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Tuesday, August 7, 2018

3D guns download from Internet: the new threat in the US

Por Nina

The always difficult relationship in the US between the defense of liberties and mere common sense faces an unusual challenge. A company plans to upload plans of plastic firearms to its page, which can be materialized with a three-dimensional printer and capable of firing and killing like the others, so that anyone can freely unload them and make their pistol or rifle. Prosecutors from eight states filed a joint lawsuit Monday in federal court in Seattle demanding it be banned, which they consider a "serious threat to national security." The Texas Company, Defense Distributed, designer of the weapons, received on June 29 the Government's permission to disseminate the plans after five years of battle in the courts.

In 2013, the firm raised them to the network but the State Department, under the presidency of Barack Obama, ordered that their access be cut because it violated the law that regulates the export of arms to other countries. The administration of Donald Trump reversed the measure again giving way to Defense Distributed. This Monday, in full turmoil for the impending online publication of the material, the president wrote on Twitter that he was analyzing the question of whether or not to offer these weapons to the public and in consultation with the National Rifle Association. "I do not think it makes much sense," Trump said, although he did not add if he planned to take any action to stop the situation. A spokeswoman for the NRA said last week that the organization, the main US lobby in defense of weapons, sees it as a matter of "freedom and innovation." Bob Ferguson, the state attorney for Washington, who is leading the lawsuit, issued a statement Monday asking the government why it was giving "easy access" to these weapons to "dangerous criminals." And he warned that downloadable pistols would not be traceable because they did not carry a serial number, they would bypass metal detectors and be within reach of anyone beyond their age, mental health or criminal history. Democratic lawmakers were working Tuesday to present a proposal to "face the threat" of these weapons.

Defense Distributed offers a variety of downloadable planes for guns and weapons such as the AR-15 rifle, the most used in massacres with firearms in the US, a serious and repeated problem in this country. The attorney general of Pennsylvania, one of the plaintiffs, denounced on Monday that between Saturday and Sunday, before the day announced by the company to make the plans freely available, more than a thousand downloads of plans had already been detected in his state to build an AR-15.

The company maintains that its intention to publish the plans is covered by the First Amendment, which protects the right to freedom of expression. According to statements made to The Washington Post by its founder, Cody Wilson, Defense Distributed considers that the right to have weapons is not at stake, but "access to information". Wilson (1988, Arkansas) is a controversial figure in the US since his company published the plans for the Liberator printable gun in 2013. He considers himself a radical defender of the freedom of the individual and an enemy of State intervention. He is an admirer of Julian Assange, the brain of WikiLeaks, and claims that his ideas are drawn from the French postmodern philosopher Jean Baudrillard. The Southern Poverty Law Center, an organization that analyzes hate groups in the US, defines him as a product of "a kind of extreme post-libertarianism."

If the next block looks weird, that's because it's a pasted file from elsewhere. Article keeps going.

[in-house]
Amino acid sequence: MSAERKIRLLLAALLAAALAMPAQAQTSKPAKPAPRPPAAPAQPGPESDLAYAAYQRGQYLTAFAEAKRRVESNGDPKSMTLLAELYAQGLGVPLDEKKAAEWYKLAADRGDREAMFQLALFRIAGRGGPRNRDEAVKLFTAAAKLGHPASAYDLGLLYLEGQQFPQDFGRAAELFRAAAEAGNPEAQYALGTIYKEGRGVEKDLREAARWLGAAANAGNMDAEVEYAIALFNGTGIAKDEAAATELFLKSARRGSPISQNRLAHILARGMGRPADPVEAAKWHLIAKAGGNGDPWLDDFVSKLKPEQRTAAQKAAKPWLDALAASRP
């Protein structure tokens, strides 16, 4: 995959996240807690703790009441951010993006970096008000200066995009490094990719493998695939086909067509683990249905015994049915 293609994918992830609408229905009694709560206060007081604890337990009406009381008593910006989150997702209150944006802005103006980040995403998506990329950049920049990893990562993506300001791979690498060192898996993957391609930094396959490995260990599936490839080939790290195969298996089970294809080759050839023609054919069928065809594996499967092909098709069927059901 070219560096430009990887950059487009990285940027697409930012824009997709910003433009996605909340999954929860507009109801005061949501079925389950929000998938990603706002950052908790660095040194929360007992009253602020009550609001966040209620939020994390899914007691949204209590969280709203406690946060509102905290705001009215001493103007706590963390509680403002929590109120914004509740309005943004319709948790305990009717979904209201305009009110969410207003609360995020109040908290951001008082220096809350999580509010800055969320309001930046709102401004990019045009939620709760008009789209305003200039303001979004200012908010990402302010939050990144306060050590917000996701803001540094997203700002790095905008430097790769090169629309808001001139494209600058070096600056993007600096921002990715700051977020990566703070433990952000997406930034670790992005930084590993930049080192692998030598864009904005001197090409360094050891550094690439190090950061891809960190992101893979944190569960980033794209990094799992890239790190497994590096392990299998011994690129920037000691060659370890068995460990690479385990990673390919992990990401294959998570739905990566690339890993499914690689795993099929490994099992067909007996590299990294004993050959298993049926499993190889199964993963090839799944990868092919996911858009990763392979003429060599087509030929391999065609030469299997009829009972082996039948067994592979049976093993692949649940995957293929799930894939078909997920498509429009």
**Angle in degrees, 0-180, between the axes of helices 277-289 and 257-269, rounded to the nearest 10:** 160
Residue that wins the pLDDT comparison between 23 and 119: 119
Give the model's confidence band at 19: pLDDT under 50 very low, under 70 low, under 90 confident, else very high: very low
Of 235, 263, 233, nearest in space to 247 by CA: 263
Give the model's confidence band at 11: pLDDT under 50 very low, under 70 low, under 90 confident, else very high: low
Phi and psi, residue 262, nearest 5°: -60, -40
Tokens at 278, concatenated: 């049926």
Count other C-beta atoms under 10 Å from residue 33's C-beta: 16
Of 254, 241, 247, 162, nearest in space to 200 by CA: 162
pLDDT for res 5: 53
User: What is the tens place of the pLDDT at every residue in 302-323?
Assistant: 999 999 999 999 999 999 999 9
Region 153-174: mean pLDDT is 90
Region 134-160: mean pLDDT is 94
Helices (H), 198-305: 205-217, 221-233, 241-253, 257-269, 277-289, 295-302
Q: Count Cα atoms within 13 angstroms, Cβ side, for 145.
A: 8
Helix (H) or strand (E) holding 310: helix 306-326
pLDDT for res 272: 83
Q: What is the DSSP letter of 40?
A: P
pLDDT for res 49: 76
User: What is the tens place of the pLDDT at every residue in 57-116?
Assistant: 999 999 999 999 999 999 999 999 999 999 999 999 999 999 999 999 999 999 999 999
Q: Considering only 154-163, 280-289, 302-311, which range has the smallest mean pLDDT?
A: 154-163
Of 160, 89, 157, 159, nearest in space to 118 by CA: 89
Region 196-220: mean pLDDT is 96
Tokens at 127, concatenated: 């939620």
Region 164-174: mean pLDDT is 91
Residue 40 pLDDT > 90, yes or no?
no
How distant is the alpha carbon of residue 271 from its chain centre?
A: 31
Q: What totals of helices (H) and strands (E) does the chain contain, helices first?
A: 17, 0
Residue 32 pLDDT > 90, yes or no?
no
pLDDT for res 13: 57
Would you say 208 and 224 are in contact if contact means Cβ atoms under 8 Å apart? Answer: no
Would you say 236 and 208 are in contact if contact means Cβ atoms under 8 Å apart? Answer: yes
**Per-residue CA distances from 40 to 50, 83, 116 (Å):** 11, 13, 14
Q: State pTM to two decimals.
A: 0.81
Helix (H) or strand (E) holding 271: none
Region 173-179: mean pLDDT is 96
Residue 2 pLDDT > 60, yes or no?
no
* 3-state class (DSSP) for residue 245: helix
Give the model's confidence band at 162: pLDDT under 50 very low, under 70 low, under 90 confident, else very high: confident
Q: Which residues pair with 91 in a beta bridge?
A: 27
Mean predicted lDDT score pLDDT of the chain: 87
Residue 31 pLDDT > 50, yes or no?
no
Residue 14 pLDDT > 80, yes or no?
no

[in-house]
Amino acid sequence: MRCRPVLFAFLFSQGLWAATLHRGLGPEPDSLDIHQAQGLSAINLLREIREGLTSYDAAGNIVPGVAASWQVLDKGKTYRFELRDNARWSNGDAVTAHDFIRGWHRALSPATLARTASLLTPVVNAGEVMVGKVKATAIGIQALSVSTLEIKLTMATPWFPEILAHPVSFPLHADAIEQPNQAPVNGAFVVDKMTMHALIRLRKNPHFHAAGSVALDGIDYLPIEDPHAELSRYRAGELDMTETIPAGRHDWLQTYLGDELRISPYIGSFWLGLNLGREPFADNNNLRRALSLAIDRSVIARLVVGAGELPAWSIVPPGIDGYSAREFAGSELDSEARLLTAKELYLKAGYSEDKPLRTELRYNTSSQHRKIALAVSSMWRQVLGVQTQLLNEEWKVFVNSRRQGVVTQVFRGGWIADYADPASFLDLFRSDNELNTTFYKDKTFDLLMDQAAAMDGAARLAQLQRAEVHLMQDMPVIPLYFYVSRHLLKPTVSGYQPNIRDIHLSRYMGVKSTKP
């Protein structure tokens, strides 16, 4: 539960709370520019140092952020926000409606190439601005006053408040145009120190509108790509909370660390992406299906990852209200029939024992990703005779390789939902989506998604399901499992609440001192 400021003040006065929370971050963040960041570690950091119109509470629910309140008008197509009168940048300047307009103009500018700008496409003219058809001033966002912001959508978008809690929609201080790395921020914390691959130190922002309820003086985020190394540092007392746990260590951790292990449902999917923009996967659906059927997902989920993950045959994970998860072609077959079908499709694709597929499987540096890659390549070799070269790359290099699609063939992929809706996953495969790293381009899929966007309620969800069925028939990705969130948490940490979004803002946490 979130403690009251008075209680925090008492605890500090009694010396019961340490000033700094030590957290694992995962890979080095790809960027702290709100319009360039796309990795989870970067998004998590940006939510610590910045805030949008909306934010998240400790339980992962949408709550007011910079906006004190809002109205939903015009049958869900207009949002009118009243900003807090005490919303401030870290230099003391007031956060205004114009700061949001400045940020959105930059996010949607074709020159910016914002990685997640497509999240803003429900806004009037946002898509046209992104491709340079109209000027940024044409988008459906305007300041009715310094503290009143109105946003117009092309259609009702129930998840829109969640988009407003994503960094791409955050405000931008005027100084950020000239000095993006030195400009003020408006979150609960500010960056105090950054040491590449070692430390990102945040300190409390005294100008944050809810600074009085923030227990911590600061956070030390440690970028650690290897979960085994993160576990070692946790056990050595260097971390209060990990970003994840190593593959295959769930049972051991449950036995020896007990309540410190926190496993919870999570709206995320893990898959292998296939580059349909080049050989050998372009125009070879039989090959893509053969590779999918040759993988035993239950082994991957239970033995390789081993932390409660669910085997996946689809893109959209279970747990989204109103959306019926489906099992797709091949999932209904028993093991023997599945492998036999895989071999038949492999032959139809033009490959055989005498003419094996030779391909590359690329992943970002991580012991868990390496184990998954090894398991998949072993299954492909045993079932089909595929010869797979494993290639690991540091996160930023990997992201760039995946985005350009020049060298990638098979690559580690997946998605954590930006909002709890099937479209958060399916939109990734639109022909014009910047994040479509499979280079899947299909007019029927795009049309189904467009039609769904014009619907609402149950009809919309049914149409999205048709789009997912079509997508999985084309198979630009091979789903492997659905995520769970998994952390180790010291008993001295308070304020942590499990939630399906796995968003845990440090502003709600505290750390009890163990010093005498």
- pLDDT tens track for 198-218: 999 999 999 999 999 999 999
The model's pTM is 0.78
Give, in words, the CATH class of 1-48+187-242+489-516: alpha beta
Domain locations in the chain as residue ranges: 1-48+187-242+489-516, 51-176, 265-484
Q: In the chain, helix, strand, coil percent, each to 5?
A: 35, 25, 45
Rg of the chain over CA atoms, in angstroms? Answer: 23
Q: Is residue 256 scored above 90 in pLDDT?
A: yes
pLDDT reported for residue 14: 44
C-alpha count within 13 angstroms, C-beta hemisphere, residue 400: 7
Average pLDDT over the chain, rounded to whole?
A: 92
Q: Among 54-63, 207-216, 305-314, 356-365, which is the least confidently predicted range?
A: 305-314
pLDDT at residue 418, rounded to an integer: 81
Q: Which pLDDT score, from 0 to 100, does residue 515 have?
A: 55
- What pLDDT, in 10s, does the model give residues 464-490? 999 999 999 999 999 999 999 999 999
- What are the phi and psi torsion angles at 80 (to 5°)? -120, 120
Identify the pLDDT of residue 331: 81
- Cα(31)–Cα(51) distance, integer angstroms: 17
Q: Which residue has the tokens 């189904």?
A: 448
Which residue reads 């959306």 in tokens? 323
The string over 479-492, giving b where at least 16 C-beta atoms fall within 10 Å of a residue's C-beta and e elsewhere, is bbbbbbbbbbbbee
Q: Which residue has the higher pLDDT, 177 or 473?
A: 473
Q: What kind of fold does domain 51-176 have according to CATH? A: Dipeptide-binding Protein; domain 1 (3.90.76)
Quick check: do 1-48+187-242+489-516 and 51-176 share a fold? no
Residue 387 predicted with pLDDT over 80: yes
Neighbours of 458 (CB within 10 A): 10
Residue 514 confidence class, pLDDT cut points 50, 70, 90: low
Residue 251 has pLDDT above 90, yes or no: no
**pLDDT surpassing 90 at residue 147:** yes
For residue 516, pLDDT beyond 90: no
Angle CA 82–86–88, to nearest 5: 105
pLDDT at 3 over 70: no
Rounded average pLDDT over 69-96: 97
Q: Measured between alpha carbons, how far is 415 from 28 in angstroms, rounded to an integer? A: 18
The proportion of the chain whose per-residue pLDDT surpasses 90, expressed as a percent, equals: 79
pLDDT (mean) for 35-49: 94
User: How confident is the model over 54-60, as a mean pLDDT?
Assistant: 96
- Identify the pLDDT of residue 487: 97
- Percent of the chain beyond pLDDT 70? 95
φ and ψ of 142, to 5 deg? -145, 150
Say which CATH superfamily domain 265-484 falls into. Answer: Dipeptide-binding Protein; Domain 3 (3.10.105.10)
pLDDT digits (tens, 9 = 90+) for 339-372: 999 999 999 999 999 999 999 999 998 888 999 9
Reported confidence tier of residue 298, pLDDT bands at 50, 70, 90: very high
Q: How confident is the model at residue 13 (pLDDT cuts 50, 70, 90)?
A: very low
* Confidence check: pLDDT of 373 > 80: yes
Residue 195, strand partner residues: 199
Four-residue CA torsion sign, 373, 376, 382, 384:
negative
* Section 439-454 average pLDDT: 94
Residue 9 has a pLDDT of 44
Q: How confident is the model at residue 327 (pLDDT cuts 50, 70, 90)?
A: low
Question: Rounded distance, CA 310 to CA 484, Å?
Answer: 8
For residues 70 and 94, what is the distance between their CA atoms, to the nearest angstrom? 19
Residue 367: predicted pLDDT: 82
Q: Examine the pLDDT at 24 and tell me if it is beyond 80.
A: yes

The provocation is his seal. In 2014, he told the English newspaper The Guardian: "You ask me how I would feel if someone shot a child with a Liberator? I think I would feel bad and have that feeling of 'Oh, God, it's going to be a big circus.'" Wired magazine included Cody Wilson in 2015 and in 2017 among the five most dangerous Internet characters. The arrival of homemade weapons with a 3-D printer can considerably aggravate the problems of public violence in the world's leading power. A pistol or a machine gun of these characteristics does not present a serial number or other identifying marks, which makes them completely impossible to trace. In fact, in the US it is already allowed to build a machine gun at home, if the citizen considers it pertinent. But that takes time and knowledge.

With the Wiki-Weapons, as Cody Wilson calls them, having an arsenal is within reach of anyone with a computer and a 3-D printer. The big question is the precision of these weapons. In tests conducted by the authorities to date, weapons made with 3-D printers were not very reliable, and tended to stop working after using a few cartridges. Obviously, that is irrelevant for those who receive the first shots of this type of device that literally means the democratization of firearms in the literal sense of the word and, moreover, globally, because the Internet knows no borders, something that, without a doubt, the militants of the Islamic State or of other terrorist groups will be grateful.